On a cold morning last March, Kenny Angel got a frantic knock on his door. Two workers from a utility company in northern Nebraska had come with a stark warning: Get out of your house. Just a little over a quarter-mile upstream, the 92-year-old Spencer Dam was straining to contain the swollen, ice-covered Niobrara River after an unusually intense snow and rainstorm. The workers had tried but failed to force open the dam's frozen wooden spillway gates. They fled in their truck, stopping to warn Angel before driving away without him (it's unclear whether the 71-year-old declined to flee or ran out of time). Minutes later, the dam came crashing down, unleashing a wave of water carrying ice chunks the size of cars. Angel's home was wiped away; his body was never found.
State inspectors had given the dam a "fair" rating less than a year earlier. Until it failed, it looked little different from thousands of others across the US—and that could portend a problem. A more than two-year investigation by the AP has found scores of dams nationwide in even worse condition, and in equally dangerous locations. They loom over homes, businesses, highways, or entire communities that could face life-threatening floods if the dams don't hold. Standout details:
- A review of federal data and reports obtained under state open records laws identified 1,688 high-hazard dams rated in poor or unsatisfactory condition as of last year in 44 states and Puerto Rico.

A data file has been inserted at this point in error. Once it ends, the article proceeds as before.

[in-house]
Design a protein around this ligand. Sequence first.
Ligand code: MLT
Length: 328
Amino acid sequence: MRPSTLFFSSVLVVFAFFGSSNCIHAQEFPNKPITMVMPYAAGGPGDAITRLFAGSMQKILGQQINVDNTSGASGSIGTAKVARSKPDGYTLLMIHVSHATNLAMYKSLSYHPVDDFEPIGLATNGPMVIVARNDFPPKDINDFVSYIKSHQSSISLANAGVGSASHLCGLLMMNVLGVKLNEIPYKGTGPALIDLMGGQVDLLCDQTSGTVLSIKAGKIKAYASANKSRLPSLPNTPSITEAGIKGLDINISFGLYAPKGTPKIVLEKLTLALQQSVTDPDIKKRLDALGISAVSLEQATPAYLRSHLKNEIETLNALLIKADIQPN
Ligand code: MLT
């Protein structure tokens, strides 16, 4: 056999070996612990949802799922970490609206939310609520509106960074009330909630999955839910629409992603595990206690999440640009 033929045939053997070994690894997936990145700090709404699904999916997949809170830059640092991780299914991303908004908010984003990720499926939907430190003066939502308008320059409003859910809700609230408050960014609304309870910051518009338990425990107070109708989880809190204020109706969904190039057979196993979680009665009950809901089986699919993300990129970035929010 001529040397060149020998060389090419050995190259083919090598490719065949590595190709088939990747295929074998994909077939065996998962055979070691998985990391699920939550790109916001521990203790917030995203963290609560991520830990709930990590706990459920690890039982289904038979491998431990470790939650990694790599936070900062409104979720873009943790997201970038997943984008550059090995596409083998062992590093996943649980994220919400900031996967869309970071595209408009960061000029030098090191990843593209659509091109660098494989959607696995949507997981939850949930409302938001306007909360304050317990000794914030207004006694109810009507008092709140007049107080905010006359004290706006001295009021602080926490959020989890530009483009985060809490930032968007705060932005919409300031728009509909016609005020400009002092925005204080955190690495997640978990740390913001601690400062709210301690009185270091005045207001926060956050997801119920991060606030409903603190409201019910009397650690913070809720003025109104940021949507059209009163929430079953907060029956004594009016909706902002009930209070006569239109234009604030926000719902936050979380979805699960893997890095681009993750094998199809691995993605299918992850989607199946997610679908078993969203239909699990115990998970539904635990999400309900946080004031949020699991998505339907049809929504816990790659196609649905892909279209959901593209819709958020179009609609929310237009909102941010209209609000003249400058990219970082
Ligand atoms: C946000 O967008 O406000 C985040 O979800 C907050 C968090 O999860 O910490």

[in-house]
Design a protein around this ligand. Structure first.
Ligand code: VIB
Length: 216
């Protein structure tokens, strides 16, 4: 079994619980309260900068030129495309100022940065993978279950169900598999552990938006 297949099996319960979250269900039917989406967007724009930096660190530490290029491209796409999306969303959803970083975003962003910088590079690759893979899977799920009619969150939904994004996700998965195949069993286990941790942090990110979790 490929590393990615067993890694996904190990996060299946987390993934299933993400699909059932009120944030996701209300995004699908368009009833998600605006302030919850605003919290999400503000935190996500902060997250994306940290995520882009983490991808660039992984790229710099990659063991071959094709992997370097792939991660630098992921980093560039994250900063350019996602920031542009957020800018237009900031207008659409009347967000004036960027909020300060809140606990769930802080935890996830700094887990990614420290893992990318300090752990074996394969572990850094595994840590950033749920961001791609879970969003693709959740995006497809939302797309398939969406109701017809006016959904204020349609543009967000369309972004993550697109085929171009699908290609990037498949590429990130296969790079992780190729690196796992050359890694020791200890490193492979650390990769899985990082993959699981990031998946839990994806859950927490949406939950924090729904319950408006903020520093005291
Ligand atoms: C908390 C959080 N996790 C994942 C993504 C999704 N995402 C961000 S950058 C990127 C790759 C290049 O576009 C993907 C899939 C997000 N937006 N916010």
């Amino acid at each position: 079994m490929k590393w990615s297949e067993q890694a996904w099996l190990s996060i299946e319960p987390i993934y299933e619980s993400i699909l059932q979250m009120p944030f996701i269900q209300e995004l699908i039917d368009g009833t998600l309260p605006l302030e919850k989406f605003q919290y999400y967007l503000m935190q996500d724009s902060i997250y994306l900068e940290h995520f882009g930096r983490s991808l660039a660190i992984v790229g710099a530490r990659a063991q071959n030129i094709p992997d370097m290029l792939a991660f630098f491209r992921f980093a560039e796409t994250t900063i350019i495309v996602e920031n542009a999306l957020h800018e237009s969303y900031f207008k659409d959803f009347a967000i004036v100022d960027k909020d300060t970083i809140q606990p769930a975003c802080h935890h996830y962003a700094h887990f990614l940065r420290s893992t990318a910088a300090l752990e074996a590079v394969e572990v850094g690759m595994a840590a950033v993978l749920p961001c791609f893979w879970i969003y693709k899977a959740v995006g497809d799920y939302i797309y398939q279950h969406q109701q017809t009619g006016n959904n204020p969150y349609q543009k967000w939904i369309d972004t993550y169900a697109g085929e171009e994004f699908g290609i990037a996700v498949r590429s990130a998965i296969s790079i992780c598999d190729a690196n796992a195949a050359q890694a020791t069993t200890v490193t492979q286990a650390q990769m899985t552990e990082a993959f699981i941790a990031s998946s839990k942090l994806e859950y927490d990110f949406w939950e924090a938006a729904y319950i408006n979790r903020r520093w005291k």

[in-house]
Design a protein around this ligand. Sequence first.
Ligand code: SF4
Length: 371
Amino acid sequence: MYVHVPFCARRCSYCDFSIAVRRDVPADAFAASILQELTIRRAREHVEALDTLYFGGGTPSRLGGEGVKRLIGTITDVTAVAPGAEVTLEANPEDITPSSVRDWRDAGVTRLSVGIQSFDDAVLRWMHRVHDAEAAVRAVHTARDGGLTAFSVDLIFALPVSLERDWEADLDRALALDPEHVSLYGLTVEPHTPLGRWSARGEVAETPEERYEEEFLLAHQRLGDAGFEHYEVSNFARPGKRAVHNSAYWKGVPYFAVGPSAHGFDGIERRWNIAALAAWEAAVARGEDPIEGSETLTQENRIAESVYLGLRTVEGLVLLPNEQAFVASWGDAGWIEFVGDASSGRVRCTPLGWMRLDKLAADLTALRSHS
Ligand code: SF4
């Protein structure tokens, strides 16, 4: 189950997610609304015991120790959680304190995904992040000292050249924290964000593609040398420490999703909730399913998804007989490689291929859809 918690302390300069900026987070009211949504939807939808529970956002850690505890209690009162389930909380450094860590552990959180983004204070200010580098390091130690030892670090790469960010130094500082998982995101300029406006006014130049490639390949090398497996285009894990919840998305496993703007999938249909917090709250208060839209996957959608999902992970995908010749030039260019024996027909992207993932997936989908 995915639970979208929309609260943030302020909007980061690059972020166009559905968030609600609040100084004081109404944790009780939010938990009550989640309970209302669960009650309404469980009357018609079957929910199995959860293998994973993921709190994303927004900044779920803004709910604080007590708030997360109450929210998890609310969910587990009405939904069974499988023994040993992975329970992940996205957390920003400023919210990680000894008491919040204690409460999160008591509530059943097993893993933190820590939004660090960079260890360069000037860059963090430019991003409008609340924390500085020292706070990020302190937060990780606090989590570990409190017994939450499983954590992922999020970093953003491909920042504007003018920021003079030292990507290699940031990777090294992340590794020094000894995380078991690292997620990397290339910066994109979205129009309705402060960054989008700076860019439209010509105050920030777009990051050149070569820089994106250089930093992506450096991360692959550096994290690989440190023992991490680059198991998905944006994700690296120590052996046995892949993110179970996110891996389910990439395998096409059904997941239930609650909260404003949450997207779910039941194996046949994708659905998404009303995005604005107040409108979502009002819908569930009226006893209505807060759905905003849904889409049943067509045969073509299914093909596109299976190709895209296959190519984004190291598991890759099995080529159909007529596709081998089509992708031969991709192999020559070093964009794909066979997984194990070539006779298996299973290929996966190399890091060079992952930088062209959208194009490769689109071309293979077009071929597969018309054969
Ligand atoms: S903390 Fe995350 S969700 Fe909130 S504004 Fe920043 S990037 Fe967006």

- The actual number is almost certainly higher: Some states declined to provide condition ratings for their dams, claiming exemptions to public record requests. Others simply haven't rated all their dams due to lack of funding, staffing or authority to do so.
- Deaths from dam failures have declined since a series of catastrophic collapses in the 1970s prompted the federal and state governments to step up their safety efforts. Yet about 1,000 dams have failed over the past four decades, killing 34 people, according to Stanford University's National Performance of Dams Program.
- Built for flood control, irrigation, water supply, hydropower, recreation, or industrial waste storage, the nation's dams are over a half-century old on average. Some are no longer adequate to handle the intense rainfall and floods of a changing climate. Yet they are being relied upon to protect more and more people as housing developments spring up nearby.
- "There are thousands of people in this country that are living downstream from dams that are probably considered deficient given current safety standards," said Mark Ogden, a former Ohio dam safety official who is now a technical specialist with the Association of State Dam Safety Officials.
- The association estimates it would take more than $70 billion to repair and modernize the nation's more than 90,000 dams. But unlike much other infrastructure, most US dams are privately owned. That makes it difficult for regulators to require improvements from operators who are unable or unwilling to pay the steep costs.
(The AP has much more here